In these early days of 2020, we’ve been taking a look back at the big radio trends from the past decade. It’s pretty mind-boggling to tally all of the changes in radio and technology since 2010. Amid it all, college radio experienced both highs and lows, but ultimately leaves the decade as strong as ever. Take a listen to this week’s Radio Survivor show/podcast (episode #228) and read my decade-in-review piece for my take on the decade in college radio.

WCWS-FM to be sold to EMF

There’s an update this week to a story that I reported on back in 2018. At the time, College of Wooster in Wooster, Ohio announced that it was transitioning its long-time FM student radio station WCWS (aka The Woo 91) to online-only. A letter to the FCC dated September 2, 2018 (but filed in December, 2018) stated “We have encountered a repeated number of technical difficulties with our tower service as well as the recent resignation of staff who had the necessary skill sets to maintain the radio equipment and oversight of the station. We would like Special Temporary Authority to remain off the air for up to 180 days to determine if the issues can be resolved.” That request was dismissed and the station seems to have remained on the air during Fall, 2018.

In Fall, 2018, students circulated petitions to “Save the Wave” and were holding panel discussions about the future of radio in order to try to convince the school to retain the FM license. By March, 2019, WCWS was announcing that the station was leaving the air on April 6 and sharing memories from alumni. The final words on FM were spoken by Bruce Peters from the class of 1969. WOO 91 wrote on Instagram, “He flew in from Denver to be the last words because over 50 years ago, he was WOO 91’s first words as it transitioned to WCWS, an FM station. He used his radio ready voice to mark a transition of WOO 91 once again – to online streaming on iHeart radio.” In a video posted on Instagram, DJs in the booth can be seen wearing T-shirts emblazoned with headstones and “RIP 90.9 FM.”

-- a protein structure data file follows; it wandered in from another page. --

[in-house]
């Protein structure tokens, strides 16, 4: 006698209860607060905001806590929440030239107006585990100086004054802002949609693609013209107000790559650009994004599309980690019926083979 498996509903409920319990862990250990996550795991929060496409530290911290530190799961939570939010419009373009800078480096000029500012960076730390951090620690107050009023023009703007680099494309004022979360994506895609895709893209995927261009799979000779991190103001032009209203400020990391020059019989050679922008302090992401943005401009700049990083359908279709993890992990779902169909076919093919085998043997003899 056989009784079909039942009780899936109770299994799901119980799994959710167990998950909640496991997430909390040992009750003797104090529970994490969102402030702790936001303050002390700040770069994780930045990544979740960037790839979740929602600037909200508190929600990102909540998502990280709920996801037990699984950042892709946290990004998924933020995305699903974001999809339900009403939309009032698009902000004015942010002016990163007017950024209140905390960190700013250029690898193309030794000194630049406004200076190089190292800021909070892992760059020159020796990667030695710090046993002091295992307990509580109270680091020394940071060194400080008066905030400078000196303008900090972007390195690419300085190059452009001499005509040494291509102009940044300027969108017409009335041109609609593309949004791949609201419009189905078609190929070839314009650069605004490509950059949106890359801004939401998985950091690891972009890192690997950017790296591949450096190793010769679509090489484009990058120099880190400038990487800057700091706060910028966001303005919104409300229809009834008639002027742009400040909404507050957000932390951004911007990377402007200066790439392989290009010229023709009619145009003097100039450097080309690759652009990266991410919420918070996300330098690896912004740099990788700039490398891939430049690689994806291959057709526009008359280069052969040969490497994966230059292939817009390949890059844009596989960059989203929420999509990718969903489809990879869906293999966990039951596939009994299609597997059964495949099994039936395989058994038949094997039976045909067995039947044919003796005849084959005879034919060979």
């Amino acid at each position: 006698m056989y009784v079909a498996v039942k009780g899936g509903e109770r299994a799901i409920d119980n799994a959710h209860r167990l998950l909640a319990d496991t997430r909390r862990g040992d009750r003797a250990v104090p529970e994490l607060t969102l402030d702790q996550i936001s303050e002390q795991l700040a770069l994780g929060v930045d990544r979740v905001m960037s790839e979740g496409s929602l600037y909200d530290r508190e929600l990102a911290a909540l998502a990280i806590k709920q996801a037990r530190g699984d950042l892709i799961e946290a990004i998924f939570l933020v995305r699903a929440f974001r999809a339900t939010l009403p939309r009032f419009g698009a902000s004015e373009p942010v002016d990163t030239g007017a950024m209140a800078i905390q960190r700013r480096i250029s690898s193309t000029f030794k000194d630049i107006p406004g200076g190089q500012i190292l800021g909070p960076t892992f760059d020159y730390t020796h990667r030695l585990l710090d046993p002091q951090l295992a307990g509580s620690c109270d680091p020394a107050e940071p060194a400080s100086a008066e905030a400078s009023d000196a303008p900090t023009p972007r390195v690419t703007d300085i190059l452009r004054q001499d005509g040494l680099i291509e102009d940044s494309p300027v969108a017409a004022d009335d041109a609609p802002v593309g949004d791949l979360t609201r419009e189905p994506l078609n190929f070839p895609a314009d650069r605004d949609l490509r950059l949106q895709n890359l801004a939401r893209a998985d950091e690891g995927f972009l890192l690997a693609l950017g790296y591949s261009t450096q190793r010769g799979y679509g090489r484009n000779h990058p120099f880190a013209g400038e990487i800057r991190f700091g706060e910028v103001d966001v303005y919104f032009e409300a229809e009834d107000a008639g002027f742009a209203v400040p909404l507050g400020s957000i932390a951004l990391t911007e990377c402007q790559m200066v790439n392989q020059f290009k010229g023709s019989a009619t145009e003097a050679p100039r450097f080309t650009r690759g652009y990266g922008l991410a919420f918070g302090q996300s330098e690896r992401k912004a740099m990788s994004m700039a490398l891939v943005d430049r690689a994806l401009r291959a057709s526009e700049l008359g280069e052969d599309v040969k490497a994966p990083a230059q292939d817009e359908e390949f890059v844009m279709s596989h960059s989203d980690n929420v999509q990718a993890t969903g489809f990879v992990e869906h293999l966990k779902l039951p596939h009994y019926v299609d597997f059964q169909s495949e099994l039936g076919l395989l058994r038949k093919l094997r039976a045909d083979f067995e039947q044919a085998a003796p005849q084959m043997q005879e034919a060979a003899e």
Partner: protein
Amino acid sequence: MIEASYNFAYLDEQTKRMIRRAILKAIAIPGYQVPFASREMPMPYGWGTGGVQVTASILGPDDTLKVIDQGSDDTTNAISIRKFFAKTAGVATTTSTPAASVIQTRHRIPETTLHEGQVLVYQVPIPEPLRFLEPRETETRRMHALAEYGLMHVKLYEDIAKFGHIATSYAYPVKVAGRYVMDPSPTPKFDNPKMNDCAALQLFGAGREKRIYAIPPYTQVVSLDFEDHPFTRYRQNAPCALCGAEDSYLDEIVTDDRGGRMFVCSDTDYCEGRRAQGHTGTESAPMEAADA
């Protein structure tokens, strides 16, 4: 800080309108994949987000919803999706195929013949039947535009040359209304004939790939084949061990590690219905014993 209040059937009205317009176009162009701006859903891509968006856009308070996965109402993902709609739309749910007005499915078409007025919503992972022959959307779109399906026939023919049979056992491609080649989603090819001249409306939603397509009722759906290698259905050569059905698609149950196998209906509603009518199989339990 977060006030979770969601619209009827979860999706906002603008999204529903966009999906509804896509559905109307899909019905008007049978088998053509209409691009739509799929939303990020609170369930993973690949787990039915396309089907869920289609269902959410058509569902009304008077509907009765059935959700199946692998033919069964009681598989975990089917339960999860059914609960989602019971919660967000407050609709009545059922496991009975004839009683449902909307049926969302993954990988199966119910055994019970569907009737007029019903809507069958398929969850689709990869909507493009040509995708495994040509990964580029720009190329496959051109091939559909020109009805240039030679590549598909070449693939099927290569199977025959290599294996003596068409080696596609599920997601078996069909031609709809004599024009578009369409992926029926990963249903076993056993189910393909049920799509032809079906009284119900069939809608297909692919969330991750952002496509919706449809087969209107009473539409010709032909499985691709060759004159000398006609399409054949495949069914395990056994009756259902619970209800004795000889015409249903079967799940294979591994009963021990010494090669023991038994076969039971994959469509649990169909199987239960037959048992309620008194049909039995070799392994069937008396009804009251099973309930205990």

An April 2019 filing with the FCC stated, “The College of Wooster currently does not have dedicated staffing or the necessary expertise to continue to support a college-run radio station. The college needs time to consider options for the station license.” Another request to remain silent was filed in October, 2019. In the FCC’s approval for this request for special temporary authority to remain silent for 180 days, it pointed out that if WCWS did not return to the air by April, 2020, the license would expire.

We’ve now learned that after considering its options, the school plans to sell the WCWS-FM license to religious broadcasting group Educational Media Foundation (the parent of syndicated broadcaster K-LOVE) for $170,000, according to paperwork filed with the FCC in December, 2019.

Montana Tech Station’s Murky Future

I also learned this week that KMSM-FM at Montana Tech University may be leaving the airwaves. ABC Fox Montana reports, “Last month, a decision was made by the Associated Students of Montana Tech to shut down the station and cut funding after a survey found the station was not very popular among students,” but adds that, “The Associated Students of Montana Tech say the decision could be reversed in the upcoming weeks and nothing is final.”